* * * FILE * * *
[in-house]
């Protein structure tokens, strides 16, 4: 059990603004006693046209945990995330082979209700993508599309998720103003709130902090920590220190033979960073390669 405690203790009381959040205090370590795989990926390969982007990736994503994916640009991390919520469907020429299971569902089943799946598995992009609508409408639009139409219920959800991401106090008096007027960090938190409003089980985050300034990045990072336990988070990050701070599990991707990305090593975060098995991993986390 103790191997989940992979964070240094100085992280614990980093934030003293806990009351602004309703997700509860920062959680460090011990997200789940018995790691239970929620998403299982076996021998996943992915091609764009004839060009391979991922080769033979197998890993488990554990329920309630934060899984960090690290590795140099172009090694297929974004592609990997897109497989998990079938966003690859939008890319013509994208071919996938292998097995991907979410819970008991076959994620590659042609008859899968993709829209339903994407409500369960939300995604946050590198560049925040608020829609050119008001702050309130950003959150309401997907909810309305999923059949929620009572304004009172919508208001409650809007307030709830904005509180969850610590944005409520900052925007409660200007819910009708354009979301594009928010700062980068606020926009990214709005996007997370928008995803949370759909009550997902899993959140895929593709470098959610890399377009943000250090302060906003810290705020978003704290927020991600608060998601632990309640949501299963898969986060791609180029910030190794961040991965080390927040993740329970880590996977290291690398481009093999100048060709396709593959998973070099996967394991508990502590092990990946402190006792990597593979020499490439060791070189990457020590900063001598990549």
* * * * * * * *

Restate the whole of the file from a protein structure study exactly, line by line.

[in-house]
């Protein structure tokens, strides 16, 4: 059990603004006693046209945990995330082979209700993508599309998720103003709130902090920590220190033979960073390669 405690203790009381959040205090370590795989990926390969982007990736994503994916640009991390919520469907020429299971569902089943799946598995992009609508409408639009139409219920959800991401106090008096007027960090938190409003089980985050300034990045990072336990988070990050701070599990991707990305090593975060098995991993986390 103790191997989940992979964070240094100085992280614990980093934030003293806990009351602004309703997700509860920062959680460090011990997200789940018995790691239970929620998403299982076996021998996943992915091609764009004839060009391979991922080769033979197998890993488990554990329920309630934060899984960090690290590795140099172009090694297929974004592609990997897109497989998990079938966003690859939008890319013509994208071919996938292998097995991907979410819970008991076959994620590659042609008859899968993709829209339903994407409500369960939300995604946050590198560049925040608020829609050119008001702050309130950003959150309401997907909810309305999923059949929620009572304004009172919508208001409650809007307030709830904005509180969850610590944005409520900052925007409660200007819910009708354009979301594009928010700062980068606020926009990214709005996007997370928008995803949370759909009550997902899993959140895929593709470098959610890399377009943000250090302060906003810290705020978003704290927020991600608060998601632990309640949501299963898969986060791609180029910030190794961040991965080390927040993740329970880590996977290291690398481009093999100048060709396709593959998973070099996967394991508990502590092990990946402190006792990597593979020499490439060791070189990457020590900063001598990549």